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This is my assignment question and I am trying to solving it but due to lack of time plz help me guys our teacher does not taught recursion function but he give the question regarding it in assignment.
I think we have to write three functions and then give choice to user that from whether option he want to calculate sum ..So I tried this and still working plz help me out..

What I have tried:

I tried this but it have 5 syntax errors and I couldn't figure out them...
C
```#include<stdio.h>
int sum1()
{
int a[10],sum1=0;
printf("Enter numbers:\n");
for(int i=1;i<=5;i++)
{
scanf("%d",&a[i]);
}
for(int i=1;i<=5;i++)
{
sum1=sum1+a[i];
}
return sum1;
}
int sum2()
{
int a[5],s=0,i=0;
printf("Enter numbers\n");
while(i<5)
{
scanf("%d",&a[i]);

s=s+a[i];
i++;
}
return s;
}
int sum3(int arr[], int start, int len)
{
// Recursion base condition
if(start >= len)
return 0;

return (arr[start] + sum3(arr, start + 1, len));
}
int main()
{
int s;
s=sum(s);
printf("the sum of numbers are: %d \n",s);
}
int loop,whileloop,recursion,option;
printf("Select option from which you want to calculate sum\n");
scanf("%d",&option);

switch (loop)
case 1:
{
printf("%d",sum1());}
break;
switch(whileloop)
case 2:
{
printf("%d",sum2());
}
break;
switch(recursion)
case 3:

{
printf("%d",sum3(arr,n,l));
}
}```
Posted
Updated 3-Apr-23 7:34am
v6
Richard MacCutchan 2-Apr-23 6:31am
Why do you have two `main` functions?

## Solution 1

Start by looking at the error message - begin with the first one, as a simple error can cause multiple problems to be reported.

Compiling your code with an online service gave this as the first error:
```main.c: In function ‘main’:
main.c:40:3: warning: implicit declaration of function ‘sum’; did you mean ‘sum3’? [-Wimplicit-function-declaration]
40 | s=sum(s);
|   ^~~
|   sum3```
So, look at the error report: it's "main.c", line 40, column 3, and the problem it found was
Error
`implicit declaration of function ‘sum’; did you mean ‘sum3’?`
Look at the code - and the error report shows it as:
C
`s=sum(s);`
a quick look though your code doesn't show a function called `sum`, just `sum1`, `sum2`, and `sum3` - so you need to decide which of those you should be calling - and since sum3 requires parameters, it's unlikely to be that one!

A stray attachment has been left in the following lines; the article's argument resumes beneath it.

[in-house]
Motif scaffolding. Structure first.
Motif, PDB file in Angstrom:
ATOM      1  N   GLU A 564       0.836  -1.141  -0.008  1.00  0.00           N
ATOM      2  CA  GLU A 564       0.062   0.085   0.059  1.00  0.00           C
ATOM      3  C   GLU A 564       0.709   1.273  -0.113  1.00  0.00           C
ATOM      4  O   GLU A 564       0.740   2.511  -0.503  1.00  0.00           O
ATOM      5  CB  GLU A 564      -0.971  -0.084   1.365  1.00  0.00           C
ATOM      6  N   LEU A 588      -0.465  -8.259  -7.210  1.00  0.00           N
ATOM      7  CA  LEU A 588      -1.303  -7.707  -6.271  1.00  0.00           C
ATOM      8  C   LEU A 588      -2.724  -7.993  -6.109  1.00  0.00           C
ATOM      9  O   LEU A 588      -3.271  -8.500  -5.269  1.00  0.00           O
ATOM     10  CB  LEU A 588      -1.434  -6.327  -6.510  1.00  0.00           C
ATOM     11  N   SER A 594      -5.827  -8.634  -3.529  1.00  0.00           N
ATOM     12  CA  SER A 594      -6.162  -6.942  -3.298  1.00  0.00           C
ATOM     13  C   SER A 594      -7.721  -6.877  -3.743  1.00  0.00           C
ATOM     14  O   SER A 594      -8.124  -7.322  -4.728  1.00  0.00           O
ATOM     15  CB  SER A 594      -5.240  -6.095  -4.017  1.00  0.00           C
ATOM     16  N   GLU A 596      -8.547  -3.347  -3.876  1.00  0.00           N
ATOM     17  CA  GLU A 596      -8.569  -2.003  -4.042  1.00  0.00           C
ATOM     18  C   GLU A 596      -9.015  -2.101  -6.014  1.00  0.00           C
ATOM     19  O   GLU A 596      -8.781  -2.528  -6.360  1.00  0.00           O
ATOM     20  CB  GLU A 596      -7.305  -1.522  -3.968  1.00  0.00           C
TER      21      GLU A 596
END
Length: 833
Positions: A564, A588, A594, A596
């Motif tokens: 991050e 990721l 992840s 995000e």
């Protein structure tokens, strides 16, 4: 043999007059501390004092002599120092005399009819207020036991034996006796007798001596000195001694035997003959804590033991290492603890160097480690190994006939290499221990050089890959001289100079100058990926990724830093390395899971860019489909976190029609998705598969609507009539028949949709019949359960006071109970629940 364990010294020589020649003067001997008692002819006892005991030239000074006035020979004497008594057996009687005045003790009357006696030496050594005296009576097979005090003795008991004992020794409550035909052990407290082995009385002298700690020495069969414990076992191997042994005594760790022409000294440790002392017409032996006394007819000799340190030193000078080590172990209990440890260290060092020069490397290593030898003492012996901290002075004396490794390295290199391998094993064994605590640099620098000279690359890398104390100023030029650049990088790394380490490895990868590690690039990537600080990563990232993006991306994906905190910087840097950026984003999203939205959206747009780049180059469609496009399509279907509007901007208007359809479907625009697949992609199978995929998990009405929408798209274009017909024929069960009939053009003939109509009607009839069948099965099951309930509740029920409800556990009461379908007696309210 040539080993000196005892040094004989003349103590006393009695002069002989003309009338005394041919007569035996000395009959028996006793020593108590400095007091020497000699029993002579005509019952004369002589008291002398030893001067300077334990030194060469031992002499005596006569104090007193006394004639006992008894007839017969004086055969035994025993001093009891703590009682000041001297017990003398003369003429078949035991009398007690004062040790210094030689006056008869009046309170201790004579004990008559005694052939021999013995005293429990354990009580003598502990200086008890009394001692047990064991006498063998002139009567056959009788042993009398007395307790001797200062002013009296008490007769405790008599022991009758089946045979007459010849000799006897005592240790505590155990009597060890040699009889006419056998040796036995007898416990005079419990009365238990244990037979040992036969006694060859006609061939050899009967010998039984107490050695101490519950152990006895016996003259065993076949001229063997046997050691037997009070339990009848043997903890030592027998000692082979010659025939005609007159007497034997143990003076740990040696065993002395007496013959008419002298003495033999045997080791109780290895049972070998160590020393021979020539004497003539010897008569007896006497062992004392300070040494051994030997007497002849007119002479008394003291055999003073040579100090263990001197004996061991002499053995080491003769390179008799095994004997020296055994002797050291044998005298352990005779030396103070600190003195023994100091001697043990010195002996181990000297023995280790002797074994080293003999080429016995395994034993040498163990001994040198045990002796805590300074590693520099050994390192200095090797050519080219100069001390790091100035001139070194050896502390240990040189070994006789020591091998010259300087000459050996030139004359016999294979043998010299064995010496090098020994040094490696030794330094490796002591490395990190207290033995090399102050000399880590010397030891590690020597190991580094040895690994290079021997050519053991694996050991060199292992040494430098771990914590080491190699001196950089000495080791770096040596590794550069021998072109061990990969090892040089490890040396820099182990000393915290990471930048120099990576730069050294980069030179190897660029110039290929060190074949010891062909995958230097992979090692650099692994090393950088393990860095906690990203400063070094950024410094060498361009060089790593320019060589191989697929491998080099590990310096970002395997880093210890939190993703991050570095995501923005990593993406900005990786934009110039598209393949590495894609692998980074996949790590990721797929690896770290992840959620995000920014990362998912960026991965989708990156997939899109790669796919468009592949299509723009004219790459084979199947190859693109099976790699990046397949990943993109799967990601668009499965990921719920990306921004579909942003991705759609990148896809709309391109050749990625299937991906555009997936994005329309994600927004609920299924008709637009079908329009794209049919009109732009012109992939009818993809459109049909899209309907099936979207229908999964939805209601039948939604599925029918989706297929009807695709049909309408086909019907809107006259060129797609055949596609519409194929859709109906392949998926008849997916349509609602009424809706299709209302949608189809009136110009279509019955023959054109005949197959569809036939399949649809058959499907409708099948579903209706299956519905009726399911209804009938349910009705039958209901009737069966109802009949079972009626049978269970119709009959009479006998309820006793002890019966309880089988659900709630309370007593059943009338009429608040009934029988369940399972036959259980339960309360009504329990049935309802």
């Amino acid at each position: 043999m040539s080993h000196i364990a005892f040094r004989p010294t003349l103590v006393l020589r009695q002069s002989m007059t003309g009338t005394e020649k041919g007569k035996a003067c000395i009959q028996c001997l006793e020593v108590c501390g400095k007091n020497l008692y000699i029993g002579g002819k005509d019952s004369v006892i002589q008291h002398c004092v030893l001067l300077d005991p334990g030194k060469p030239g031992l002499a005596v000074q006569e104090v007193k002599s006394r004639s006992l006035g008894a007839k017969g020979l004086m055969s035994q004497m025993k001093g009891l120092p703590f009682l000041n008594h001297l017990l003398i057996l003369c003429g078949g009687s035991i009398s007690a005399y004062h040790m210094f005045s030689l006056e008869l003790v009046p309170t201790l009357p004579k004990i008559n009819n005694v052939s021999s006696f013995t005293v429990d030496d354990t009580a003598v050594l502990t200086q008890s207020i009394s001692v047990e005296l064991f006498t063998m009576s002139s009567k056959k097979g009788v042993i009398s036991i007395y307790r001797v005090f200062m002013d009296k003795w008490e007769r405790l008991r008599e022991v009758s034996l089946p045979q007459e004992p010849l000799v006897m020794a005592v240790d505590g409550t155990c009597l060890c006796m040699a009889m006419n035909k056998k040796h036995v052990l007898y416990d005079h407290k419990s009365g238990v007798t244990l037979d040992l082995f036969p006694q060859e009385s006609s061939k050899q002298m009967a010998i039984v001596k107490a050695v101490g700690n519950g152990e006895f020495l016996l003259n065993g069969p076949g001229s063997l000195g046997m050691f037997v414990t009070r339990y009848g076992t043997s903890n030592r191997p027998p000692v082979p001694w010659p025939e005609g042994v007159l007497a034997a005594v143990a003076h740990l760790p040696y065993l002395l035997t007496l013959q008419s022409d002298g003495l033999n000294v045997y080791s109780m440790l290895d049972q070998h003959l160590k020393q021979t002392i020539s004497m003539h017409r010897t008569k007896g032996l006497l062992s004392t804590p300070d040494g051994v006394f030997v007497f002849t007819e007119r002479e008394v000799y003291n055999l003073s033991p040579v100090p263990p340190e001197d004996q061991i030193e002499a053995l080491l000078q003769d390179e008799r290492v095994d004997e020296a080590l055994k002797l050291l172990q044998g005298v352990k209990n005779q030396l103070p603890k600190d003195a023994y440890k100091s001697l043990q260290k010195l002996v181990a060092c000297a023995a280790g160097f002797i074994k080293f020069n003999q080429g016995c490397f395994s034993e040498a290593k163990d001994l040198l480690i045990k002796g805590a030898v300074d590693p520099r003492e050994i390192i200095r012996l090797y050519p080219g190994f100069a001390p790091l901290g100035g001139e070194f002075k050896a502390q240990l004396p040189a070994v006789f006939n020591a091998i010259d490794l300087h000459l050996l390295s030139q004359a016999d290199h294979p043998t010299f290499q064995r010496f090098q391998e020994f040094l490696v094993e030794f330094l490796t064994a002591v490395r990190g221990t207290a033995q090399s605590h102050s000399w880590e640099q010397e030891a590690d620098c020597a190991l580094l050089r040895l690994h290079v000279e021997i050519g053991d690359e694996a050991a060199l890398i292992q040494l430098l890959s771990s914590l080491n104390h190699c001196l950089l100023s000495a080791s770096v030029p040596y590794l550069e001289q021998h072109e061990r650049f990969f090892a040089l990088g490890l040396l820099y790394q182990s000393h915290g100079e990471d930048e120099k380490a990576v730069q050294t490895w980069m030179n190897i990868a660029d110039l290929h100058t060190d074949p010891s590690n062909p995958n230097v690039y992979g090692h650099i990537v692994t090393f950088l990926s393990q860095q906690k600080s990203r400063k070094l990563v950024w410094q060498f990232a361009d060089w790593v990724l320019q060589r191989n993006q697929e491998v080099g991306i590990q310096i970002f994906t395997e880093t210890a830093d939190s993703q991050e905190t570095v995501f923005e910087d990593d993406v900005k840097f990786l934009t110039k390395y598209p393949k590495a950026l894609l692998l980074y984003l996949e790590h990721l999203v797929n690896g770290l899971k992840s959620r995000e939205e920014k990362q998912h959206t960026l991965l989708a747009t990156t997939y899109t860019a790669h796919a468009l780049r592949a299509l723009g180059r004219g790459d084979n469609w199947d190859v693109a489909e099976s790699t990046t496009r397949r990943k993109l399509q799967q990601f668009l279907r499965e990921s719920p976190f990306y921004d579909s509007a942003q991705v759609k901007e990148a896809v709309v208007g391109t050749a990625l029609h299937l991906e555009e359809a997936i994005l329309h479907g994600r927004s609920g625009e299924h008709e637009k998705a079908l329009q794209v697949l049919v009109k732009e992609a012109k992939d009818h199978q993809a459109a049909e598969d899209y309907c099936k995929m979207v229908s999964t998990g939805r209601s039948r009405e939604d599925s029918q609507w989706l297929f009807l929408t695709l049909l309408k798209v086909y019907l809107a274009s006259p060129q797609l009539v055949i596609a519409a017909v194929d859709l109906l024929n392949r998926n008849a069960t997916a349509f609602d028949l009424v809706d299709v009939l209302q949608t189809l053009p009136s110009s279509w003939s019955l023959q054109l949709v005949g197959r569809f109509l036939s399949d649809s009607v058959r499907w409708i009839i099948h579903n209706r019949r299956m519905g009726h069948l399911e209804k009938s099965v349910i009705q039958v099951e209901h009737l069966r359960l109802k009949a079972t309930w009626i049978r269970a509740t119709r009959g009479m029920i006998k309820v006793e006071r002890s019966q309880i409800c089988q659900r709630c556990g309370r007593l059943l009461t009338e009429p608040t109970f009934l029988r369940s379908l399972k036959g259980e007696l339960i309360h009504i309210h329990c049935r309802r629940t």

You should expect to get syntax errors every day, probably many times a day while you are coding - we all do regardless of how much experience we have! Sometimes, we misspell a variable, or a keyword; sometimes we forget to close a string or a code block. Sometimes the cat walks over your keyboard and types something really weird. Sometimes we just forget how many parameters a method call needs.

We all make mistakes.

And because we all do it, we all have to fix syntax errors - and it's a lot quicker to learn how and fix them yourself than to wait for someone else to fix them for you! So invest a little time in learning how to read error messages, and how to interpret your code as written in the light of what the compiler is telling you is wrong - it really is trying to be helpful!

So read this: How to Write Code to Solve a Problem, A Beginner's Guide Part 2: Syntax Errors[^] - it should help you next time you get a compilation error!

And spending a little time learning to understand syntax error messages will save you a huge amount of time in future: you waited at least 20 minutes for this reply, then your email system probably added another 10 minutes or so, plus the time it took you to type up the question once you had found this site and created an account. Chances are that you could have saved a significant chunk of that time if you knew how to read them!

I'm not saying we don't want to help you fix them - sometimes I can't see my own errors because I read what I meant to write - but fixing syntax errors is part of the job, and if you can't do it for yourself people are going to look at you as a bit weird should you get a job in the industry!

v2
nani jan 2-Apr-23 6:43am
@OrignalGriff ok I am still working on it but plz just tell me that is my logic is right?
OriginalGriff 2-Apr-23 6:50am
How would I know? I don't even know which function(s) you are intending to call!
I don't have any access to your assignment question, so I also have no idea exactly what you are meant to achieve - which is pretty fundamental when it comes to "will this work?" type questions ... :D

## Solution 3

Try with starting some Learn C tutorial or some video tutorial for your assigment. The reason for your task is to acquire the skills and so you have to learn it. Take the time to understand it because it is in all languages the same. So: "Learn for your life"

some tips: use functions and structs with understandable names and install some IDE like Visual Studio..

## Solution 4

Quote:
plz just tell me that is my logic is right?

Some syntactical problems have already been mentioned by OriginalGriff, there is a lot more not fitting. The switch-statements don't make sense at all and to read in the values in every function is not useful either. Since each sum should give the same result, you can also call all versions to compare the results. The function with the recursion is still far away from the state it should have.
First of all, the parameters should be the same for all functions.
C
```int sum1(int arr[], int n);
int sum2(int arr[], int n);
int sum3(int arr[], int n);```

The basic structure for the recursive call could then look like this:
C
```int sum3(int arr[], int n)
{
// Recursion base condition
if ((n-1) == 0)
return ...;
else
return (... + sum3(arr, n - 1));
}```

In the main program you could then test all functions:
C
```int s, arr[5];
// ...
for (int option = 0; option < 3; option++) {
switch (option) {
case 0:
s = sum1(arr, 5);
break;
case 1:
s = sum2(arr, 5);
break;
case 2:
s = sum3(arr, 5);
break;
}

printf("sum%d of numbers are: %d \n", option, s);
}```